Regional offices usually had five staff, led by an experienced assessor (at company level) who was supported by a sales tax inspector who also handled sales tax issues, two clerks to answer enquiries and take tax payments and a typist. They answered enquiries, received payments for all taxes, had limited power to extend time for lodgment of returns and payments and conducted some sales tax and payroll tax investigations. Regional offices also served as bases for other tax officers while they were working in a region.306
The first regional office was opened in July 1965 when the Newcastle sub-branch moved into larger accommodation. The next regional office was opened in Geelong in November that year. Prior to the opening advertisements were placed in the local newspaper and on the radio to tell people about it and the officer-in-charge also told local accountants and businesses personally about the new office. In the first month 346 people visited the Geelong office, 104 people telephoned it and 120 payments totalling over 3.6 million were made there.307
These two offices lived up to expectations and a regional office was opened in Wollongong in May 1966, and another in Townsville in June. In May 1968 another regional office was opened in Parramatta and, by the end of the decade, further offices had been set up in Lismore, Ballarat and Launceston. By the mid 1970s more regional offices had opened in Bankstown, Orange, Tamworth and Wagga Wagga in New South Wales, Bendigo in Victoria, Cairns, Rockhampton, Mackay and Toowoomba in Queensland and Elizabeth in South Australia.308
Lismore regional office, 1969. It was the first office in a predominantly regional area, situated about 800 kilometres from Sydney and serving about 12,000 residents.
Automatic data processing was the other big ATO development. It was in its infancy when the ATO first began thinking about it in 1961, but some overseas revenue authorities had begun exploring its potential so the ATO set up a small group in Sydney to study whether automatic data processing could improve its efficiency. That study suggested that it could be useful so the ATO commenced a more detailed feasibility study in 1962 and an automatic data processing (ADP) branch was established and transferred to Canberra in August 1963. Its final detailed report on the potential application of automatic data processing in the ATO was completed in 1964.309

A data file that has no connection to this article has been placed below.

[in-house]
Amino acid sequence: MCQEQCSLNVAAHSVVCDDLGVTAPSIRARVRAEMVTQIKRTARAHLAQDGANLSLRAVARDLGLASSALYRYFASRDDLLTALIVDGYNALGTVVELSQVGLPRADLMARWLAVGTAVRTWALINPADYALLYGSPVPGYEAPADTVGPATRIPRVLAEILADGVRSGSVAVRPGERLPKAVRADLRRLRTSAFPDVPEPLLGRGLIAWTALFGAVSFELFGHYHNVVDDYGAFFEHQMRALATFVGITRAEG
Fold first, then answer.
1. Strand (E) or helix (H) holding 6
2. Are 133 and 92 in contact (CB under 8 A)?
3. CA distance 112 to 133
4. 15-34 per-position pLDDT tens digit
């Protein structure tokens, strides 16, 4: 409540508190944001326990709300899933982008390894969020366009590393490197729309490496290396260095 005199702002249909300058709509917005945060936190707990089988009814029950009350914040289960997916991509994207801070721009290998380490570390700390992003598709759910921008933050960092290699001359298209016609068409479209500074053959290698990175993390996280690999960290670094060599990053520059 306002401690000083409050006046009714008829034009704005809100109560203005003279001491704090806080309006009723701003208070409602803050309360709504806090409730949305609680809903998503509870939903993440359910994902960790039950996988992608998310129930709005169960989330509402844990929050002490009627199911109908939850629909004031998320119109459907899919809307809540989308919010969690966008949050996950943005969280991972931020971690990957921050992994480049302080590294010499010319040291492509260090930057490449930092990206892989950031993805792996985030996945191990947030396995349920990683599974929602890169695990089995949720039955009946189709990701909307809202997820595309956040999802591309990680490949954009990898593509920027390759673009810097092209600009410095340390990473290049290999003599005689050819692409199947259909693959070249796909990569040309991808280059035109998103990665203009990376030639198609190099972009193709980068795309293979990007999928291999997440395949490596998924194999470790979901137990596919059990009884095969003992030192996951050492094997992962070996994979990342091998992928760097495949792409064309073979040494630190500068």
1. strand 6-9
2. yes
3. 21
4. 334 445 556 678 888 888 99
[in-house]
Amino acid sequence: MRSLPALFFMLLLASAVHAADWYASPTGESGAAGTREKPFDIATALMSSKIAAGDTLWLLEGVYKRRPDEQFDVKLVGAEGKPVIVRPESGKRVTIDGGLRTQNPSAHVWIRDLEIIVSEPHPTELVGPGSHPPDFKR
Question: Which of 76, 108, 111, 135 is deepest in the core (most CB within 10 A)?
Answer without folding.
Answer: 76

Computers were first used in an exploratory way in the Adelaide branch from July 1965, working on instalment deductions and other minor projects. Success warranted expansion to other ATO functions and an extension to Sydney and Melbourne in July 1966, Brisbane and Perth from July 1967 and Hobart from July 1968. However, due to the small volume of work conducted in the Northern Territory, some of the processing functions were relocated to Adelaide where they could be done by computer.310
Starting in ADP
Jack Wheeler was in at the beginning of automatic data processing in Canberra.
The Tax Office was just going into something called ADP. I was interviewed and, while I was doing sales tax investigations in Cairns, I was rung from Canberra and they said 'Can you start in three weeks?' It was a promotion so I went to Canberra and began to work in the very beginnings of automatic data processing.
We started in the Treasury building. There were two sections, one was called ADP that did the actual programming and the other area was called Special Projects and did the systems work. I was in Special Projects, there were about 14 people in the branch and 40 or 50 in ADP and the two areas worked together very closely.
We started off with what was really an automated typing system and it gradually moved forward into doing accounting, which was the most difficult part, and then on to assisting assessing by statistical analysis to find those returns that were three deviations away from the mean, and sending out letters to them all. All that worked extremely well except that if we sent out too many letters we got far too much correspondence so the thing was dying under the weight of its own paper. The professionalism and the quality of the people you worked with was extremely high and you had the ability to do a lot of things because it was all new, so it was very, very interesting work.311